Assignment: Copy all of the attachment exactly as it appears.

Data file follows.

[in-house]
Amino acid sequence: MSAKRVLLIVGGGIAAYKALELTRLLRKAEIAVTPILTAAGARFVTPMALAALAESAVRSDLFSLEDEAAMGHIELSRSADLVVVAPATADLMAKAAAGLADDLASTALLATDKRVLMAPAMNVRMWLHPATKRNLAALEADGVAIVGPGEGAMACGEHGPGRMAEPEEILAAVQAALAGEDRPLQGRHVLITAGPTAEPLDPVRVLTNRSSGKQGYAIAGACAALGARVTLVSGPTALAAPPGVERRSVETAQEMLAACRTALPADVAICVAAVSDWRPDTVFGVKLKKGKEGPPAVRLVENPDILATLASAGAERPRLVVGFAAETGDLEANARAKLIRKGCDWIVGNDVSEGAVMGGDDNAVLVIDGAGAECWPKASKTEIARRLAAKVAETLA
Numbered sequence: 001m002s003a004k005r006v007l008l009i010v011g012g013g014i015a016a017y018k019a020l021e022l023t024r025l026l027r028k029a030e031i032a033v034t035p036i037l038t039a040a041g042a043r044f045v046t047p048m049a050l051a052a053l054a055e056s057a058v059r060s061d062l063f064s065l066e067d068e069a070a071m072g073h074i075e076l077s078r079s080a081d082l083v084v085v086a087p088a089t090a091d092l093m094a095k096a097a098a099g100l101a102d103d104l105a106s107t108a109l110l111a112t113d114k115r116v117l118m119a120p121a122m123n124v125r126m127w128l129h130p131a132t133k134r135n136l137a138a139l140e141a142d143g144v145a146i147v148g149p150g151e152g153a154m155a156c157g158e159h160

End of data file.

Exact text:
[in-house]
Amino acid sequence: MSAKRVLLIVGGGIAAYKALELTRLLRKAEIAVTPILTAAGARFVTPMALAALAESAVRSDLFSLEDEAAMGHIELSRSADLVVVAPATADLMAKAAAGLADDLASTALLATDKRVLMAPAMNVRMWLHPATKRNLAALEADGVAIVGPGEGAMACGEHGPGRMAEPEEILAAVQAALAGEDRPLQGRHVLITAGPTAEPLDPVRVLTNRSSGKQGYAIAGACAALGARVTLVSGPTALAAPPGVERRSVETAQEMLAACRTALPADVAICVAAVSDWRPDTVFGVKLKKGKEGPPAVRLVENPDILATLASAGAERPRLVVGFAAETGDLEANARAKLIRKGCDWIVGNDVSEGAVMGGDDNAVLVIDGAGAECWPKASKTEIARRLAAKVAETLA
Numbered sequence: 001m002s003a004k005r006v007l008l009i010v011g012g013g014i015a016a017y018k019a020l021e022l023t024r025l026l027r028k029a030e031i032a033v034t035p036i037l038t039a040a041g042a043r044f045v046t047p048m049a050l051a052a053l054a055e056s057a058v059r060s061d062l063f064s065l066e067d068e069a070a071m072g073h074i075e076l077s078r079s080a081d082l083v084v085v086a087p088a089t090a091d092l093m094a095k096a097a098a099g100l101a102d103d104l105a106s107t108a109l110l111a112t113d114k115r116v117l118m119a120p121a122m123n124v125r126m127w128l129h130p131a132t133k134r135n136l137a138a139l140e141a142d143g144v145a146i147v148g149p150g151e152g153a154m155a156c157g158e159h160